Robinson said: “I do not support forcing insurance companies to fund abortions. I would not support taxpayer funding of abortions and I would not support what we are doing in seven states across the country allowing abortions until the day the child is born. Maine restricts abortion in the third trimester. …The only thing I would like to focus on is supporting women and giving them what they need to help them. Instead of changing the law, focus on helping people make better choices and taking care of the children they have.”
They differed on the issues of gender-affirming surgery, with Robinson objecting and Pluecker wanting to leave the decision to the families and their doctors. The also spoke on the issue of banning books. Robinson spoke of a book containing offensive material that parents seemed powerless to remove from schools. She said they might have to leave schools because of this.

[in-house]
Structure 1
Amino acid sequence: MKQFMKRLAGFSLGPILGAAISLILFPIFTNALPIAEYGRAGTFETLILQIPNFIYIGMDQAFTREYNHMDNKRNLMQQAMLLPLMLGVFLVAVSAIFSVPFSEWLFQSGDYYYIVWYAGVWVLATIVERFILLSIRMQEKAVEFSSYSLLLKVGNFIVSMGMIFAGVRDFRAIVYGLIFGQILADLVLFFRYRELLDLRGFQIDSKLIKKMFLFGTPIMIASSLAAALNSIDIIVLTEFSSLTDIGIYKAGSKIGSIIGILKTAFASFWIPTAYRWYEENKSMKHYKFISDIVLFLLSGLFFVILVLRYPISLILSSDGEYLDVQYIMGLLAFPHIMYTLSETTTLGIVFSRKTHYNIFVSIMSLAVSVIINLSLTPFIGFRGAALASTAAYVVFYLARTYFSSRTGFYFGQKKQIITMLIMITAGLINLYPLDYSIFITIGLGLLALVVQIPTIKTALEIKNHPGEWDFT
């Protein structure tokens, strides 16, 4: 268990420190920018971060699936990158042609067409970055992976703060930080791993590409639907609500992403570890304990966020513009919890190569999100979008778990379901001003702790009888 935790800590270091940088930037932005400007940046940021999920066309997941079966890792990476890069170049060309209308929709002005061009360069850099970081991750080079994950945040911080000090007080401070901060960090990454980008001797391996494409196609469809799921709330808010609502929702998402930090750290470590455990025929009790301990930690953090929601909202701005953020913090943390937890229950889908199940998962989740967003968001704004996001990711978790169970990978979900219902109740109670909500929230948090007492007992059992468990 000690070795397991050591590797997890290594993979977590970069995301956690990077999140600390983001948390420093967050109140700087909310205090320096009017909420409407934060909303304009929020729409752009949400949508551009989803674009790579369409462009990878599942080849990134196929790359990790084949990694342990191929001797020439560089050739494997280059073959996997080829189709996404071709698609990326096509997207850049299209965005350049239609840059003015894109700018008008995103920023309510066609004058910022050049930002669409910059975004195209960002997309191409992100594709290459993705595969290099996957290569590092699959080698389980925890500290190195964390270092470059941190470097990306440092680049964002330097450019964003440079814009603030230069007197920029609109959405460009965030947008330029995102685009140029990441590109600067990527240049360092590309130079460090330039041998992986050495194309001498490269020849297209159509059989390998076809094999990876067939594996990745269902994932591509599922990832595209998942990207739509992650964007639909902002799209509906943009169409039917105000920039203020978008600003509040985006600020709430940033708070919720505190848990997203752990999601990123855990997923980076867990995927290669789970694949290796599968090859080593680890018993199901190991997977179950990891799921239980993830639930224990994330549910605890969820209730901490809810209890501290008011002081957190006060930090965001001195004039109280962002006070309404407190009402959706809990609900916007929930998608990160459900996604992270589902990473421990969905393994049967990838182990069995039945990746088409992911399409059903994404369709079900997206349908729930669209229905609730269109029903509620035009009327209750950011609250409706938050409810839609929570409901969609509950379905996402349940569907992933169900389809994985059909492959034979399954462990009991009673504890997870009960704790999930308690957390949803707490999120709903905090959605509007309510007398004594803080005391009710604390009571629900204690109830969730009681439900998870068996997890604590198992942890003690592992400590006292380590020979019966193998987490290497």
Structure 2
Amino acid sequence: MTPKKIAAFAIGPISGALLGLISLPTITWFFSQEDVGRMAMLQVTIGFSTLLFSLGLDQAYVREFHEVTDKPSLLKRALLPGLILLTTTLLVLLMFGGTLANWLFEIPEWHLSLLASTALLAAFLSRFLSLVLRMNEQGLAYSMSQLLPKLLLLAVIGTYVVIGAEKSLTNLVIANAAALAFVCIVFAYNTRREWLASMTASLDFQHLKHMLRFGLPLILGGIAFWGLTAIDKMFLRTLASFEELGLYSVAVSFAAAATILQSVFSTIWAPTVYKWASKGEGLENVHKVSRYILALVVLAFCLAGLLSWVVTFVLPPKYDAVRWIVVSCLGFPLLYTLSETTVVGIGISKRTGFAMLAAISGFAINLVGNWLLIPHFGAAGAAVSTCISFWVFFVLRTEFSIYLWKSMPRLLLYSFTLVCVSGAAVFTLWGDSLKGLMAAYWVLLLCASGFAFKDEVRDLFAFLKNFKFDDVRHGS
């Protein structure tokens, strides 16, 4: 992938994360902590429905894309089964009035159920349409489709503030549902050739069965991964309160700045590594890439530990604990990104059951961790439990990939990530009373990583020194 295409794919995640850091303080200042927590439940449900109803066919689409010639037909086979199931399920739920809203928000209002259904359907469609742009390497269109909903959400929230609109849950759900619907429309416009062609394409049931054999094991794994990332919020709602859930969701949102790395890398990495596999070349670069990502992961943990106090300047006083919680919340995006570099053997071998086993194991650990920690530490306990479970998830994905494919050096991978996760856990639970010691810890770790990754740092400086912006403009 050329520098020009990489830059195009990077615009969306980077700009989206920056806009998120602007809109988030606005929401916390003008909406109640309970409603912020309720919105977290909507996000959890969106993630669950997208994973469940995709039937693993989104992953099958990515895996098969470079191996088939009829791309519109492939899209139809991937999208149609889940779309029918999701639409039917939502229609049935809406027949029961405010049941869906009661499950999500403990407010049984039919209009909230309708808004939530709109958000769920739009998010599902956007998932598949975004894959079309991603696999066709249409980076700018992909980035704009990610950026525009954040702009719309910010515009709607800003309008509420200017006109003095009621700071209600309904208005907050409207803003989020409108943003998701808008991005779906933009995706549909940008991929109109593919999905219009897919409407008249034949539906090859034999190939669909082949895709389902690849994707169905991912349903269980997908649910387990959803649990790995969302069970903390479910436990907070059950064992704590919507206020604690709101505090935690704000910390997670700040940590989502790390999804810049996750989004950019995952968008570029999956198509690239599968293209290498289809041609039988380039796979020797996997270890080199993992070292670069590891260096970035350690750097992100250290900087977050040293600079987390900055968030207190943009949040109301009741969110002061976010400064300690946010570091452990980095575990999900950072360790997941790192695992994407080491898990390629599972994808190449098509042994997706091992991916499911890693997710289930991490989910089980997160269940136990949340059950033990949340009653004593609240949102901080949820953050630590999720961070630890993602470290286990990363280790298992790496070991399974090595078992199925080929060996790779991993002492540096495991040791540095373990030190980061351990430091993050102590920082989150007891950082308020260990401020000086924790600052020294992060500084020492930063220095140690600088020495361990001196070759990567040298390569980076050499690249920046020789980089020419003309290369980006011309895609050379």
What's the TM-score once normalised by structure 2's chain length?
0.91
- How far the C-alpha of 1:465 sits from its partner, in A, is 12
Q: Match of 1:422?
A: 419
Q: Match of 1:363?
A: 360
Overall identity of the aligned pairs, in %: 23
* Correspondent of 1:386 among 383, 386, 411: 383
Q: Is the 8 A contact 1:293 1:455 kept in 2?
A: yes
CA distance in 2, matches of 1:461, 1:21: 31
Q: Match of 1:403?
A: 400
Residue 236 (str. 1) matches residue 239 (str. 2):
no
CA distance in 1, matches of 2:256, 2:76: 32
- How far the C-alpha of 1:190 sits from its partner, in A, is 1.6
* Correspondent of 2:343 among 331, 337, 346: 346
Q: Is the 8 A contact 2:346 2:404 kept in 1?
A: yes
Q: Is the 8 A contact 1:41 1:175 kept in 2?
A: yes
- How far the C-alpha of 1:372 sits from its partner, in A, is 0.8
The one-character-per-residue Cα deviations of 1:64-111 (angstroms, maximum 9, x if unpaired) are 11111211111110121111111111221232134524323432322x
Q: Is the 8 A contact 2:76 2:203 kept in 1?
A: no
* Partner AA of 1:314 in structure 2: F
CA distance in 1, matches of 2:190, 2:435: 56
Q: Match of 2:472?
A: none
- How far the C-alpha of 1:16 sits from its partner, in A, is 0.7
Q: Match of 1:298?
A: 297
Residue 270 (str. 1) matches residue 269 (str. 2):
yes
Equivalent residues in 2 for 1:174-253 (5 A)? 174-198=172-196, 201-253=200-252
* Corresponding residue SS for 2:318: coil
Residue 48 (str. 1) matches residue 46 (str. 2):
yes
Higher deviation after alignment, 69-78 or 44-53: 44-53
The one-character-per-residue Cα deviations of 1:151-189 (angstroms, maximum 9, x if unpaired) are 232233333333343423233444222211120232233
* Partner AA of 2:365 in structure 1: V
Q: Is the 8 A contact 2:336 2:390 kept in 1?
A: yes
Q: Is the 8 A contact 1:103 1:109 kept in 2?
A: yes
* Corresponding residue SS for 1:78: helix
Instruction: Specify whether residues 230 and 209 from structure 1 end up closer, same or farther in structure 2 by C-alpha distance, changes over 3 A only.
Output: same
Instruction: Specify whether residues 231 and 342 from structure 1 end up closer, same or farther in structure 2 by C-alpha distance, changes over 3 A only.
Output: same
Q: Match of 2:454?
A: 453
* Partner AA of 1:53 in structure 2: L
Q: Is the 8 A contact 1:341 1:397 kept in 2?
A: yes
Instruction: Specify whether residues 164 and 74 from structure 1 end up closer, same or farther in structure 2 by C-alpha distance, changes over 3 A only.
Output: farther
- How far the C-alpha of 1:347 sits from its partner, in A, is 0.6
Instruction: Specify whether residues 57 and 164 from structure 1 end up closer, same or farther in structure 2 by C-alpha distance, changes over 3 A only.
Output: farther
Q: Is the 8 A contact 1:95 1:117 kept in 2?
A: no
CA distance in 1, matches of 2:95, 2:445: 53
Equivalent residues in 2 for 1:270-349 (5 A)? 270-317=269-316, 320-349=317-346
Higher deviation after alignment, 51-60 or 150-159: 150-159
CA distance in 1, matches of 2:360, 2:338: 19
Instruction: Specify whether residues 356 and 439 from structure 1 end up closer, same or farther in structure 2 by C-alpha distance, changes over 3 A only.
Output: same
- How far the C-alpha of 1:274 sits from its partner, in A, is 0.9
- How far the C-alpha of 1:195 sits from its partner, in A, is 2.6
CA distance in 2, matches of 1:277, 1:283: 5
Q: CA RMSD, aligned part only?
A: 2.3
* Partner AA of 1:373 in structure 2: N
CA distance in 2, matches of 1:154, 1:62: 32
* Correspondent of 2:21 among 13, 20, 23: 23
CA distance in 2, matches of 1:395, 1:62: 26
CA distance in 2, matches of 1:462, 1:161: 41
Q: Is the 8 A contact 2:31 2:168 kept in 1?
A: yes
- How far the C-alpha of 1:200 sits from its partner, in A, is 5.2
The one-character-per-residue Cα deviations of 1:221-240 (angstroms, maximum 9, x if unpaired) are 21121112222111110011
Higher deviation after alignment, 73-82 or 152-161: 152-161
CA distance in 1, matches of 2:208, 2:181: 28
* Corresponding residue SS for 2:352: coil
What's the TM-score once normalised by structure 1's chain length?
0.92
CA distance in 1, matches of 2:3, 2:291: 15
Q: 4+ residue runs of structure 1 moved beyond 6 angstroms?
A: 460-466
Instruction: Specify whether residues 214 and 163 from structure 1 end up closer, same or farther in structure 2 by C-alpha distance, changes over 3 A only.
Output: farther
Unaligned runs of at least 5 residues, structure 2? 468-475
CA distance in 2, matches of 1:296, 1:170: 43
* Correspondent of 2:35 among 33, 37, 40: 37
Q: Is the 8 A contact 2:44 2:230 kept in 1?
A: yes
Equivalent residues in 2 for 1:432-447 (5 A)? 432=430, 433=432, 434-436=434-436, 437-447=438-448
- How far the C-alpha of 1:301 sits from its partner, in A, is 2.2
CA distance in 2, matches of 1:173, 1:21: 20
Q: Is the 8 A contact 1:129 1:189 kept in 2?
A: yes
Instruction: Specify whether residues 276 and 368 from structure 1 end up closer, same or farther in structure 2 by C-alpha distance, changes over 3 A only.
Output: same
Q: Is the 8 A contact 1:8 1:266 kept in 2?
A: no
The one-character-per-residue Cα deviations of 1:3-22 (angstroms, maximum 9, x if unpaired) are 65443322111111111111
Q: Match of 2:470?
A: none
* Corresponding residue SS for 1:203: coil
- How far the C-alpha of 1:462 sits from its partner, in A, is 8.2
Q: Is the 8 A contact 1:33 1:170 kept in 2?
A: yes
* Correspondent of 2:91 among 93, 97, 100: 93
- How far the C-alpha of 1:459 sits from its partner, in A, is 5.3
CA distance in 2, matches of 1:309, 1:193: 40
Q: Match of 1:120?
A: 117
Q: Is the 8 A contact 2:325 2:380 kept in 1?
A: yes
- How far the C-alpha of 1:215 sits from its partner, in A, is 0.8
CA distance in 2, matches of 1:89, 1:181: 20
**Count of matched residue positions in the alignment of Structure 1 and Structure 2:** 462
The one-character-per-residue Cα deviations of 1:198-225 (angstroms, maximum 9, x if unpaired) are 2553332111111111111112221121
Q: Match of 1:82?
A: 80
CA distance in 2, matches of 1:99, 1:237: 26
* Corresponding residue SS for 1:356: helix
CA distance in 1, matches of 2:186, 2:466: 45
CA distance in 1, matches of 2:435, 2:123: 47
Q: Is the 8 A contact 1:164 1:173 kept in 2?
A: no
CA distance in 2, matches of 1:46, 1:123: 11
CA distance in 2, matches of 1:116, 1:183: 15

Pluecker, who works in the schools, said this isn’t a big issue for children in the community, but it is for some adults who want to gain political momentum ahead of elections. He opposes banning books.
Robinson argued that Democrats have controlled the Legislature for most of the last 50 years, resulting in a one-party government, and she argued that Pluecker as an independent should please the Democrats since they have not put forward a candidate to oppose him.
Pluecker disagreed. He said he voted with the Republicans on certain issues. He is in favor of medical freedom and supports Second Amendment rights.
“But the Democratic Party understands that I’m easier to work with than some of the Republicans up there, and I can be a voice across the aisle.”
Tensions High in House District 43 Candidate Debate